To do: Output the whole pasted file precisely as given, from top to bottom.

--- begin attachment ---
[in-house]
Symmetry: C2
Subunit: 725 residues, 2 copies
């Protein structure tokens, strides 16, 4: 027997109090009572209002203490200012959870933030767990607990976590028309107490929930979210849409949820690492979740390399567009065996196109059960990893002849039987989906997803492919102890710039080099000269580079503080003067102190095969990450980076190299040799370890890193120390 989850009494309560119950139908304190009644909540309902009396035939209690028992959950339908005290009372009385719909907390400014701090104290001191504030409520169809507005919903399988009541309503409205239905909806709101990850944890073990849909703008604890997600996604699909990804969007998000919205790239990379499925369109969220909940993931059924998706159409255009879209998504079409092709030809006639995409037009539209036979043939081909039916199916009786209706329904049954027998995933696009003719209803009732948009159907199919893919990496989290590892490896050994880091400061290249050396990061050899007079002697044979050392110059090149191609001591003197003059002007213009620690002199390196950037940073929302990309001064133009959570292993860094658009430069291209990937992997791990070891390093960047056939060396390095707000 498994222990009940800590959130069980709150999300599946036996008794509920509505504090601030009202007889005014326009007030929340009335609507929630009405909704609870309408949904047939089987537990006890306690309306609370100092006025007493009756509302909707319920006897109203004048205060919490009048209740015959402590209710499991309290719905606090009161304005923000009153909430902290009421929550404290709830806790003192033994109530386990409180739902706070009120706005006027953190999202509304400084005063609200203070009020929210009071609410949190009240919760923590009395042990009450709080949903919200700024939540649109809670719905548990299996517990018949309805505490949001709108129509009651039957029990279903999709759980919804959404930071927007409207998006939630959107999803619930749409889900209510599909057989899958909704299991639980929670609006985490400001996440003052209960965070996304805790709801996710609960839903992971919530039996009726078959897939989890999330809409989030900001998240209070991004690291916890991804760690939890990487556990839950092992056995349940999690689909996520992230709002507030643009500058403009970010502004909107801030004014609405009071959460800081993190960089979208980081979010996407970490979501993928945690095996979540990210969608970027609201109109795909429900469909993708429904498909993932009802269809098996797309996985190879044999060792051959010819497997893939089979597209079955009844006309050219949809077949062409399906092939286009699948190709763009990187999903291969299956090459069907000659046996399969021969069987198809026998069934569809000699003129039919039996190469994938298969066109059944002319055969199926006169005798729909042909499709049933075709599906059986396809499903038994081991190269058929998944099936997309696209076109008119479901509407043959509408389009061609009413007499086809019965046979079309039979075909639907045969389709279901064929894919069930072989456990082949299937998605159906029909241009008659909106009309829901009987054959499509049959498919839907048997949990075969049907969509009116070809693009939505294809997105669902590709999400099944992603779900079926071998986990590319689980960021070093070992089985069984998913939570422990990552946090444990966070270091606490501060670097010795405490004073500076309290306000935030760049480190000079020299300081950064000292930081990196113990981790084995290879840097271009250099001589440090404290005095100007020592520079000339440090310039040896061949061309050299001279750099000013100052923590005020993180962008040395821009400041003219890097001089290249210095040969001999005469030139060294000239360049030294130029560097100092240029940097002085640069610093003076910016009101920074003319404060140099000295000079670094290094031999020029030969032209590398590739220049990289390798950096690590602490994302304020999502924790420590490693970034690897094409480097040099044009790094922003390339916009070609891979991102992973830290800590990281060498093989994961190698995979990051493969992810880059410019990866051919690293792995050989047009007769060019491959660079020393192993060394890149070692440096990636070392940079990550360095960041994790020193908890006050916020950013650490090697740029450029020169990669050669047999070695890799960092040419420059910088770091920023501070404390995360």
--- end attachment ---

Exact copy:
[in-house]
Symmetry: C2
Subunit: 725 residues, 2 copies
């Protein structure tokens, strides 16, 4: 027997109090009572209002203490200012959870933030767990607990976590028309107490929930979210849409949820690492979740390399567009065996196109059960990893002849039987989906997803492919102890710039080099000269580079503080003067102190095969990450980076190299040799370890890193120390 989850009494309560119950139908304190009644909540309902009396035939209690028992959950339908005290009372009385719909907390400014701090104290001191504030409520169809507005919903399988009541309503409205239905909806709101990850944890073990849909703008604890997600996604699909990804969007998000919205790239990379499925369109969220909940993931059924998706159409255009879209998504079409092709030809006639995409037009539209036979043939081909039916199916009786209706329904049954027998995933696009003719209803009732948009159907199919893919990496989290590892490896050994880091400061290249050396990061050899007079002697044979050392110059090149191609001591003197003059002007213009620690002199390196950037940073929302990309001064133009959570292993860094658009430069291209990937992997791990070891390093960047056939060396390095707000 498994222990009940800590959130069980709150999300599946036996008794509920509505504090601030009202007889005014326009007030929340009335609507929630009405909704609870309408949904047939089987537990006890306690309306609370100092006025007493009756509302909707319920006897109203004048205060919490009048209740015959402590209710499991309290719905606090009161304005923000009153909430902290009421929550404290709830806790003192033994109530386990409180739902706070009120706005006027953190999202509304400084005063609200203070009020929210009071609410949190009240919760923590009395042990009450709080949903919200700024939540649109809670719905548990299996517990018949309805505490949001709108129509009651039957029990279903999709759980919804959404930071927007409207998006939630959107999803619930749409889900209510599909057989899958909704299991639980929670609006985490400001996440003052209960965070996304805790709801996710609960839903992971919530039996009726078959897939989890999330809409989030900001998240209070991004690291916890991804760690939890990487556990839950092992056995349940999690689909996520992230709002507030643009500058403009970010502004909107801030004014609405009071959460800081993190960089979208980081979010996407970490979501993928945690095996979540990210969608970027609201109109795909429900469909993708429904498909993932009802269809098996797309996985190879044999060792051959010819497997893939089979597209079955009844006309050219949809077949062409399906092939286009699948190709763009990187999903291969299956090459069907000659046996399969021969069987198809026998069934569809000699003129039919039996190469994938298969066109059944002319055969199926006169005798729909042909499709049933075709599906059986396809499903038994081991190269058929998944099936997309696209076109008119479901509407043959509408389009061609009413007499086809019965046979079309039979075909639907045969389709279901064929894919069930072989456990082949299937998605159906029909241009008659909106009309829901009987054959499509049959498919839907048997949990075969049907969509009116070809693009939505294809997105669902590709999400099944992603779900079926071998986990590319689980960021070093070992089985069984998913939570422990990552946090444990966070270091606490501060670097010795405490004073500076309290306000935030760049480190000079020299300081950064000292930081990196113990981790084995290879840097271009250099001589440090404290005095100007020592520079000339440090310039040896061949061309050299001279750099000013100052923590005020993180962008040395821009400041003219890097001089290249210095040969001999005469030139060294000239360049030294130029560097100092240029940097002085640069610093003076910016009101920074003319404060140099000295000079670094290094031999020029030969032209590398590739220049990289390798950096690590602490994302304020999502924790420590490693970034690897094409480097040099044009790094922003390339916009070609891979991102992973830290800590990281060498093989994961190698995979990051493969992810880059410019990866051919690293792995050989047009007769060019491959660079020393192993060394890149070692440096990636070392940079990550360095960041994790020193908890006050916020950013650490090697740029450029020169990669050669047999070695890799960092040419420059910088770091920023501070404390995360």